The Court is primed to hear some crucial cases in the coming years in which this type of judicial philosophy will be crucial to the protection of our liberties. We were grateful for Sen. Marsha Blackburn (R-Tennessee) for bringing up some the issues of parental rights and women’s rights during her opening remarks. Here’s that important clip:

Sen. Josh Hawley (R-Missouri) also raised some important questions regarding KBJ’s work as a trial judge deeply involved with sentencing matters. He listed several concerning cases related to the very sensitive issue of child pornography. As Sen. Hawley ended his opening remarks, we look forward to hearing the nominee’s explanation in the next few days.

Finally, we were glad Sen. Cruz heard our request for some accountability on the incredible injustice done to Justice Kavanaugh and the numerous blatant violations of Senate procedures committed for purely partisan reasons. This fact should never escape conservative senators’ minds going forward until some accountability is implemented.

Concerned Women for America (CWA) is at the hearings right now meticulously monitoring this nomination and will have updates for you throughout the week as we get into the question and answers portion of the hearings which we hope will help to shed more light on the concerns about the type of justice KBJ would be.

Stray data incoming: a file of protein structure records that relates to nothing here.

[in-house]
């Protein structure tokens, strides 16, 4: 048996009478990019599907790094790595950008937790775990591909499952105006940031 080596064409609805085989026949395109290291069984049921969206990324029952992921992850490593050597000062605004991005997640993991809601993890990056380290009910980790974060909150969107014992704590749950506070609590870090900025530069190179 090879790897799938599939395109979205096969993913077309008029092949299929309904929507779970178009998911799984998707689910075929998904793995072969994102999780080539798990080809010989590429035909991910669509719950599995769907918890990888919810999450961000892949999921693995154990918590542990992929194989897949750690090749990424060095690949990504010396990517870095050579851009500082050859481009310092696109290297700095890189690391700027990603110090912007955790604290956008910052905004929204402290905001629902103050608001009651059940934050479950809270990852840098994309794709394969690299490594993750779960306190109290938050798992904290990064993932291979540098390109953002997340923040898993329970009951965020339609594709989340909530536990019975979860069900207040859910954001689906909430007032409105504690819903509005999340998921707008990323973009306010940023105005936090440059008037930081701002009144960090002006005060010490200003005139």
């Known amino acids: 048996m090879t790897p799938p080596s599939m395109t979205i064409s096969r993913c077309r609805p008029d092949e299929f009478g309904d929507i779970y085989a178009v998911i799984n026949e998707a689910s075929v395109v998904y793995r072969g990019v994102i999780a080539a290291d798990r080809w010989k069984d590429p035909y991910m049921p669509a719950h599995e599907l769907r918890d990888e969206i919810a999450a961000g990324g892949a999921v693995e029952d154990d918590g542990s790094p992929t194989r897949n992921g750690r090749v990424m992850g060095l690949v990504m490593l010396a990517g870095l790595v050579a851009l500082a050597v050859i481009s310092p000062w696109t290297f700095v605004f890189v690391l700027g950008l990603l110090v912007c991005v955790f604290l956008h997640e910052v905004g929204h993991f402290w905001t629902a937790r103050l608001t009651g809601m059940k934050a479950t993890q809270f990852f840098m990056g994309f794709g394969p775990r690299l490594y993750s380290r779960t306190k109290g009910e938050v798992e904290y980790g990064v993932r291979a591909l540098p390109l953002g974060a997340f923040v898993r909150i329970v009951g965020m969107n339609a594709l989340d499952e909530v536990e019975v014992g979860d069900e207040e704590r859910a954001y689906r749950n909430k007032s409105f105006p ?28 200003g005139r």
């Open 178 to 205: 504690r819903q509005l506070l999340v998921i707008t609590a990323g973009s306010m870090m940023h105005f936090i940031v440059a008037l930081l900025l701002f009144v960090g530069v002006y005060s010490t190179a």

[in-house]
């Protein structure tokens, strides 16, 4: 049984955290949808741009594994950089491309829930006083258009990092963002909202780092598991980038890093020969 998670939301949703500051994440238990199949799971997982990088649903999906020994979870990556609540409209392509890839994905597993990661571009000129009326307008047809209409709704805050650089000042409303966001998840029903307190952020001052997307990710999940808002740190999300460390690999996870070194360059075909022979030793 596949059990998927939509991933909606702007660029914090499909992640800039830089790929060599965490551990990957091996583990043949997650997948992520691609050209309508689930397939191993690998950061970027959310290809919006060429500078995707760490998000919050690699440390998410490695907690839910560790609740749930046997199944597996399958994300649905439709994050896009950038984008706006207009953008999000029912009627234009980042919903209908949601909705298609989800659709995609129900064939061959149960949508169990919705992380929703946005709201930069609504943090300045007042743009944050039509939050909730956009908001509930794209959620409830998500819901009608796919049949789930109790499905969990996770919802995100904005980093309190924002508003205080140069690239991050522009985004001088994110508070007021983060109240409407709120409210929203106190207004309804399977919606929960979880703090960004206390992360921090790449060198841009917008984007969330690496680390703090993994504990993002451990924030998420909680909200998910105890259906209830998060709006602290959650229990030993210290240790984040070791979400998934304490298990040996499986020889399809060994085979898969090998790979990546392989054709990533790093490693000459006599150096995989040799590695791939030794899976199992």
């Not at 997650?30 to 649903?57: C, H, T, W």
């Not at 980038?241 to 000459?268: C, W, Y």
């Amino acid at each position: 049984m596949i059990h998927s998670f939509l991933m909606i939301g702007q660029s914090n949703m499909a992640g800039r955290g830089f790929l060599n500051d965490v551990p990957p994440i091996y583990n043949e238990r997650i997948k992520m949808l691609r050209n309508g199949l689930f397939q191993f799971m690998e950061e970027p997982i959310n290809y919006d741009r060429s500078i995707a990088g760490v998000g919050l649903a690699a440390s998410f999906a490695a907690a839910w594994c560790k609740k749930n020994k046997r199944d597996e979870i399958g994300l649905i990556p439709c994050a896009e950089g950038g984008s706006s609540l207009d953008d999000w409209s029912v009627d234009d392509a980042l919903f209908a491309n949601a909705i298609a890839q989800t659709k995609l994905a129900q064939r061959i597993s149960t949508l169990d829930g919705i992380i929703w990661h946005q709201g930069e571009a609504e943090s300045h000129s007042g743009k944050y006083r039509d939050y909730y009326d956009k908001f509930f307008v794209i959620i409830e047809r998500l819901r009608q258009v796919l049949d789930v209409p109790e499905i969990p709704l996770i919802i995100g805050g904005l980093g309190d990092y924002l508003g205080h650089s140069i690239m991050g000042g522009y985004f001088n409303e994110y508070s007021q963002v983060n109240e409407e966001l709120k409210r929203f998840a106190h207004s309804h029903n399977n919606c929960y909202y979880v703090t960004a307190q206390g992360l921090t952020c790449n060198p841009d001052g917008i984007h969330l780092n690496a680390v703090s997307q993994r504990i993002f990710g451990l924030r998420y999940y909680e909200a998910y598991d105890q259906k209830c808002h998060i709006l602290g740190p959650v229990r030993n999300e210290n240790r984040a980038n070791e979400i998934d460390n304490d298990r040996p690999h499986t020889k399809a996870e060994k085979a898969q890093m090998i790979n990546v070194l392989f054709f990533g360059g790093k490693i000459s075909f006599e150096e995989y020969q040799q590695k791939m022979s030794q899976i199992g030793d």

Nance: Joe Biden’s Commitment to Diversity Just a Virtue Signal

By | CEO, Judicial Nominations, Legal, News and Events, SCOTUS, Vacancy | No Comments

President Joe Biden has announced his pick for the U.S. Supreme Court, Judge Ketanji Brown Jackson, and has received widespread acclaim and praise for nominating the first African-American woman to the nation’s highest court. Few have mentioned that in 2005, then-Senator Joe Biden almost single-handedly destroyed the career and reputation of an accomplished, brilliant jurist who also happened to be an African-American woman.

Read the latest piece from Penny Nance, Concerned Women for America‘s CEO and President.

Conservatives Should Demand Respect on KBJ Nomination

By | Breyer, Judicial Nominations, Legal, News and Events, SCOTUS, Vacancy | No Comments

“I’m going to remember this,” he vowed.